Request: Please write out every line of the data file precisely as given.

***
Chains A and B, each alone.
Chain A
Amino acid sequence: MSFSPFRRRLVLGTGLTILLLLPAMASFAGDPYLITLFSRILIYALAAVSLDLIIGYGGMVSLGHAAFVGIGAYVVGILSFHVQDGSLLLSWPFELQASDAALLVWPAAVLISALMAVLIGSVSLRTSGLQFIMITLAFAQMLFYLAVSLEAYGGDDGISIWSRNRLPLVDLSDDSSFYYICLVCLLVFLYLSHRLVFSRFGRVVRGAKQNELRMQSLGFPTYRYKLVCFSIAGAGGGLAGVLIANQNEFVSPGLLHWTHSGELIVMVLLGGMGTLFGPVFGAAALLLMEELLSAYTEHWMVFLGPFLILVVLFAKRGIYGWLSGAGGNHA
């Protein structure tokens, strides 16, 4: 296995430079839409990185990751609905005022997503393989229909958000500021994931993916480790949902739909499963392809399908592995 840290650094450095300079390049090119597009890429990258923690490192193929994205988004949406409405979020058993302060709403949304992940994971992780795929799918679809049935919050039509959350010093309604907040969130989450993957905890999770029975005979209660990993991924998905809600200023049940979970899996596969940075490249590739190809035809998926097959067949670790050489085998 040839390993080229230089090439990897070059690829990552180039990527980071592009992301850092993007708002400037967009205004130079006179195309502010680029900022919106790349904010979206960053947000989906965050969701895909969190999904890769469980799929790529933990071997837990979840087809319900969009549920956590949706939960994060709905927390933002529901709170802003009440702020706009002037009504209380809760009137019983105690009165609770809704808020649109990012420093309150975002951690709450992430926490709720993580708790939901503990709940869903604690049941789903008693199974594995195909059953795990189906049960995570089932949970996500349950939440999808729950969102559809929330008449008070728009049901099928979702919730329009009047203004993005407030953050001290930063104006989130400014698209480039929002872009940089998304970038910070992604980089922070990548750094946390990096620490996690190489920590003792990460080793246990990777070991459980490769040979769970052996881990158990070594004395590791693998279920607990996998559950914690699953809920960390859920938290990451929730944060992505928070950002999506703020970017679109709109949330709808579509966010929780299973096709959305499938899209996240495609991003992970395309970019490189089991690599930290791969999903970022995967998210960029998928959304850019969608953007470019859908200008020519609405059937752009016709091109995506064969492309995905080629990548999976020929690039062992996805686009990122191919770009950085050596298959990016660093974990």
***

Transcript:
Chains A and B, each alone.
Chain A
Amino acid sequence: MSFSPFRRRLVLGTGLTILLLLPAMASFAGDPYLITLFSRILIYALAAVSLDLIIGYGGMVSLGHAAFVGIGAYVVGILSFHVQDGSLLLSWPFELQASDAALLVWPAAVLISALMAVLIGSVSLRTSGLQFIMITLAFAQMLFYLAVSLEAYGGDDGISIWSRNRLPLVDLSDDSSFYYICLVCLLVFLYLSHRLVFSRFGRVVRGAKQNELRMQSLGFPTYRYKLVCFSIAGAGGGLAGVLIANQNEFVSPGLLHWTHSGELIVMVLLGGMGTLFGPVFGAAALLLMEELLSAYTEHWMVFLGPFLILVVLFAKRGIYGWLSGAGGNHA
């Protein structure tokens, strides 16, 4: 296995430079839409990185990751609905005022997503393989229909958000500021994931993916480790949902739909499963392809399908592995 840290650094450095300079390049090119597009890429990258923690490192193929994205988004949406409405979020058993302060709403949304992940994971992780795929799918679809049935919050039509959350010093309604907040969130989450993957905890999770029975005979209660990993991924998905809600200023049940979970899996596969940075490249590739190809035809998926097959067949670790050489085998 040839390993080229230089090439990897070059690829990552180039990527980071592009992301850092993007708002400037967009205004130079006179195309502010680029900022919106790349904010979206960053947000989906965050969701895909969190999904890769469980799929790529933990071997837990979840087809319900969009549920956590949706939960994060709905927390933002529901709170802003009440702020706009002037009504209380809760009137019983105690009165609770809704808020649109990012420093309150975002951690709450992430926490709720993580708790939901503990709940869903604690049941789903008693199974594995195909059953795990189906049960995570089932949970996500349950939440999808729950969102559809929330008449008070728009049901099928979702919730329009009047203004993005407030953050001290930063104006989130400014698209480039929002872009940089998304970038910070992604980089922070990548750094946390990096620490996690190489920590003792990460080793246990990777070991459980490769040979769970052996881990158990070594004395590791693998279920607990996998559950914690699953809920960390859920938290990451929730944060992505928070950002999506703020970017679109709109949330709808579509966010929780299973096709959305499938899209996240495609991003992970395309970019490189089991690599930290791969999903970022995967998210960029998928959304850019969608953007470019859908200008020519609405059937752009016709091109995506064969492309995905080629990548999976020929690039062992996805686009990122191919770009950085050596298959990016660093974990």